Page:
The study, which looks at 25 years of government data, found that killing wolves only helps protect livestock after 25% of a wolf population has been killed. But regulations designed to protect wildlife make it unfeasible to kill that many of the animal.

“The only way you’re going to completely eliminate livestock depredations is to get rid of all the wolves,” said study author Rob Wielgus, a Washington State University wildlife biologist. “Society has told us that that’s not going to happen.”

TIME animals

The 11 Most Influential Animals of 2014

Here are the animal stories that defined the year and sparked the most discussion and debate.

  • 11. Giant Green Anaconda

    Discovery Channel
    Paul Rosolie is seen with an anaconda. Discovery Channel

    Eaten Alive doesn’t air on the Discovery Channel until Dec. 7, but PETA already started protesting it a month ago. For the special, naturalist and author Paul Rosolie is supposed to be “consumed” in some way by a giant green anaconda while wearing a “snake-proof” suit built to withstand the anaconda’s natural constriction. In a statement, PETA argued Discovery “tormented” the reptile for ratings. Rosolie told EW he hopes the stunt, which took 60 days to film over the summer, will raise awareness about conserving the Amazon rainforest.

  • 10. Westminster Best in Show Winner

    The Westminster Kennel Club Dog Show - 2014
    Sky the Wire Fox Terrier is seen at Madison Square Garden in New York City on Monday, February 11, 2014. Ben Hider—USA Network/NBC/Getty Images

    Sky, a wire fox terrier, was named “best in show” at the Westminster Kennel Club dog show on Feb. 11. The victory speaks to the pedigree of the breed, which has won the honor 14 times, more than any other breed.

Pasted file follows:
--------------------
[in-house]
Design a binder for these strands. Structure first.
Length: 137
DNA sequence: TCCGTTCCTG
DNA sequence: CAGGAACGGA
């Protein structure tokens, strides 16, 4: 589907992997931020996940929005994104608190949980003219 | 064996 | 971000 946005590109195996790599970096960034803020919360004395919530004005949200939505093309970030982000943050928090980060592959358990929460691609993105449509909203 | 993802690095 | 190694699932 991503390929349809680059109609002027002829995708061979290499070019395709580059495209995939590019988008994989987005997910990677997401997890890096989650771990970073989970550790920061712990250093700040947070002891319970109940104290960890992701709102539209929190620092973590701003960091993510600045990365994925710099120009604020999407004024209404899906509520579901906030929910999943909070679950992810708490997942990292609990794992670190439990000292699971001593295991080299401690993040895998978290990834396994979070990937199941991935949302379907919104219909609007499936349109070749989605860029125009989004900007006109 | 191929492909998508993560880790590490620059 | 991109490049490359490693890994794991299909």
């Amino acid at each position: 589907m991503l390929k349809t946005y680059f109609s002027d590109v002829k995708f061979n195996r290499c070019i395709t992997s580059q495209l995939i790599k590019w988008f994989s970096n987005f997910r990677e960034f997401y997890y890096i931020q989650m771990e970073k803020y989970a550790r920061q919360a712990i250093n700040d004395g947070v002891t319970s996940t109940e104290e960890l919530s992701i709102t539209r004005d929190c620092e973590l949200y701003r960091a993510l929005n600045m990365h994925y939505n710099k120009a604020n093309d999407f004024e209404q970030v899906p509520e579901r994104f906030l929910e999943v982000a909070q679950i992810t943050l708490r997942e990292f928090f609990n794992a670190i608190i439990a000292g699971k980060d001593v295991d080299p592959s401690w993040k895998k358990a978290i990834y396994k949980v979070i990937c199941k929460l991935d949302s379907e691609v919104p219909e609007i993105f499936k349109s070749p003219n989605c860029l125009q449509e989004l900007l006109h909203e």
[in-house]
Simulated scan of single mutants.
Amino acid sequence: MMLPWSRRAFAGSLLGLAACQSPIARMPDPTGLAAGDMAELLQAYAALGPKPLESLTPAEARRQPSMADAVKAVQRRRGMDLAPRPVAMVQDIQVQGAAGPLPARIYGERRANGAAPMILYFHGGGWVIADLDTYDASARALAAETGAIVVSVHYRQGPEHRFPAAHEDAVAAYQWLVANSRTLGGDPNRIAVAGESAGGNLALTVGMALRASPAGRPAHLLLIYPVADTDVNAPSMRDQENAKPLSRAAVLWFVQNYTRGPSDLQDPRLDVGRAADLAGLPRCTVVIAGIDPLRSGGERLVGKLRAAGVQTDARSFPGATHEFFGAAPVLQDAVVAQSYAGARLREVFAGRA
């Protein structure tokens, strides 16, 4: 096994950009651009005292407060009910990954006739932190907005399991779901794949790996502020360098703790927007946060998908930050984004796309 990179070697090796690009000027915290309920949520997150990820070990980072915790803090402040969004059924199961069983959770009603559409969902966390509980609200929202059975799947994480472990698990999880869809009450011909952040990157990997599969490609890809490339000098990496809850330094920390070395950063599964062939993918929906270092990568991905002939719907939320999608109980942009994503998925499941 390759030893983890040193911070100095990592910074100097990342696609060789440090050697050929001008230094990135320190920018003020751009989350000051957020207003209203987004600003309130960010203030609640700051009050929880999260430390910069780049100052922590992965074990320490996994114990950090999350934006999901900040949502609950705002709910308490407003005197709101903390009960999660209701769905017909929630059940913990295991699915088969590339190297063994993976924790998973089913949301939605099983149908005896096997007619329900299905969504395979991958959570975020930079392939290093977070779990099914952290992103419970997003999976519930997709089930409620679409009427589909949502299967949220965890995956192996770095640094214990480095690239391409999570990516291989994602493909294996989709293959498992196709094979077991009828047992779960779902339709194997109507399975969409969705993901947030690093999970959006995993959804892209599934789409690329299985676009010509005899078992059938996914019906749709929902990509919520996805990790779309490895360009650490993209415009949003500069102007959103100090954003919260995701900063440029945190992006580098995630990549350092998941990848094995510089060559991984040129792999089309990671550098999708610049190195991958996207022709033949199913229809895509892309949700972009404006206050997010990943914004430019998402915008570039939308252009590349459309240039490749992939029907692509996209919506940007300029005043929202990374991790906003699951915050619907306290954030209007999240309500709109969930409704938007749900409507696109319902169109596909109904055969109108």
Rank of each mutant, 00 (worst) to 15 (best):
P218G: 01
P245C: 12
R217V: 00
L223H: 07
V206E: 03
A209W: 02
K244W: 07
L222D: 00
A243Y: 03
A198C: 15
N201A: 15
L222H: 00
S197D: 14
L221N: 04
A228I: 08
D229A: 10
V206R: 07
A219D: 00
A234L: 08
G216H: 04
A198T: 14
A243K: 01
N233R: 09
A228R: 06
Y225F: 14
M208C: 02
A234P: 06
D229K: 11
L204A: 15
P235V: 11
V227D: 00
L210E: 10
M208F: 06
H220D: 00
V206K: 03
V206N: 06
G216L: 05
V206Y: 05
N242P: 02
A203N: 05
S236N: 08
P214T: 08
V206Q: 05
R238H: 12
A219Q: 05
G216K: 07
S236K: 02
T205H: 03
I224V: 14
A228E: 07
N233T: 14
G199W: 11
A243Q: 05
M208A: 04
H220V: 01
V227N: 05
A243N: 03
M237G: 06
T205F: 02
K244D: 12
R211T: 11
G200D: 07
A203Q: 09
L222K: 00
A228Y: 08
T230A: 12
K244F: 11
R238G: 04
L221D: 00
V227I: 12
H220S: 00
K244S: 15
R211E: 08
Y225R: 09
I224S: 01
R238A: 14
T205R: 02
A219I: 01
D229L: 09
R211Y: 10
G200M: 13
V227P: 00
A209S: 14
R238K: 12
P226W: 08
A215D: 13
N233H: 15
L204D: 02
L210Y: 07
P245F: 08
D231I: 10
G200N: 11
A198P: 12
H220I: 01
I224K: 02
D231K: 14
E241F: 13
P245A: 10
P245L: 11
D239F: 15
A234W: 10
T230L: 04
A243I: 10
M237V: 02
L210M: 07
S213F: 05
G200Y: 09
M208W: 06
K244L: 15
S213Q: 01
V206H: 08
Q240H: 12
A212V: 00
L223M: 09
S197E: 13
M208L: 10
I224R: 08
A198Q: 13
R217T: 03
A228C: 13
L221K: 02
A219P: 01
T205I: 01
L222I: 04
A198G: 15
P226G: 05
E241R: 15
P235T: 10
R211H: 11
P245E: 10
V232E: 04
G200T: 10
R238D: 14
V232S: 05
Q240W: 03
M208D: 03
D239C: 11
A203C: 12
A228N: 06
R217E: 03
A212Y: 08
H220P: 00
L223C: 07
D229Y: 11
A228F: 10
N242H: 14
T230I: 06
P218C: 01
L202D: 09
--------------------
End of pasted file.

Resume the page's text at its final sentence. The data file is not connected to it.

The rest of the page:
• 9. Tortoises With iPads

    On Aug. 9, the Aspen Art Museum in Colorado premiered “Moving Ghost Towns,” an exhibit by Chinese artist Cai Guo-Qiang featuring three African sulcata tortoises with iPads mounted on their backs that played video footage of abandoned areas. While the curators said the tortoises are supposed to symbolize longevity in Chinese culture, animal rights advocates said the iPads attached to their backs were symbols of animal cruelty and in “bad taste.” A petition racking up more than 18,000 signatures, plus inclement weather, forced the museum to transfer the reptiles to a conservation area.

  • 8. World Cup Animals

    The armadillo called Norman, Germany's World Cup oracle, approaches the soccer ball representing Germany as he makes his prediction for the team's opening World Cup match against Portugal on June 16, at the zoo in the western city of Muenster
    This armadillo named Norman, Germany's World Cup oracle, approaches the soccer ball representing Germany as he makes his prediction for the team's opening World Cup match against Portugal on June 16, at the zoo in Muenster, Germany on June 13, 2014. Ina Fassbender—Reuters

    “Psychic” animals at zoos and aquariums worldwide “predicted” 2014 World Cup games by gravitating toward a ball or box of food with stickers of different countries’ flags. Oracles included an elephant, lions, donkeys, penguins, an armadillo, a loggerhead turtle and dolphin. Bob, a sloth at the Toronto zoo, correctly “predicted” Germany would beat Argentina in the final, but no single animal became a household name as the late Paul the Octopus did for his 2010 World Cup predictions.

    Correction appended, December 8, 2014: The original version of this article misstated Germany’s opponent in the final match of the 2014 World Cup. It was Argentina.

  • 7. Tara the ‘Hero Cat’

    Surveillance video shows a cat named Tara chasing off a dog that was harassing her human, four-year-old Jeremy Triantafilo, in Bakersfield, Calif., on May 13. The story went viral after the boy’s family uploaded the footage to YouTube (more than 23 million views to date), and Scrappy, the eight-month-old labrador-chow mix, was put down. Lauded as “The Hero Cat,” the feline was invited to “throw” the first pitch during a minor league baseball game, and Kern County declared June 3, 2014, as “Tara ‘The Hero Cat’ Day.”

  • 6. Jiff

    Guinness World Records

    Jiff, a Pomeranian known for his cameo in Katy Perry’s “Dark Horse” music video and for being Kesha’s “new boyfriend,” became the fastest dog on two paws. He set world records for fastest 10 meters on hind legs (6.56 seconds) and fastest 5 meters on front paws (7.76 seconds) at an Illinois kennel in September.

  • 5. California Chrome

    california chrome kentucky derby
    Victor Espinoza rides California Chrome to a victory during the 140th running of the Kentucky Derby horse race at Churchill Downs in Louisville, Ky, May 3, 2014 Morry Gash—AP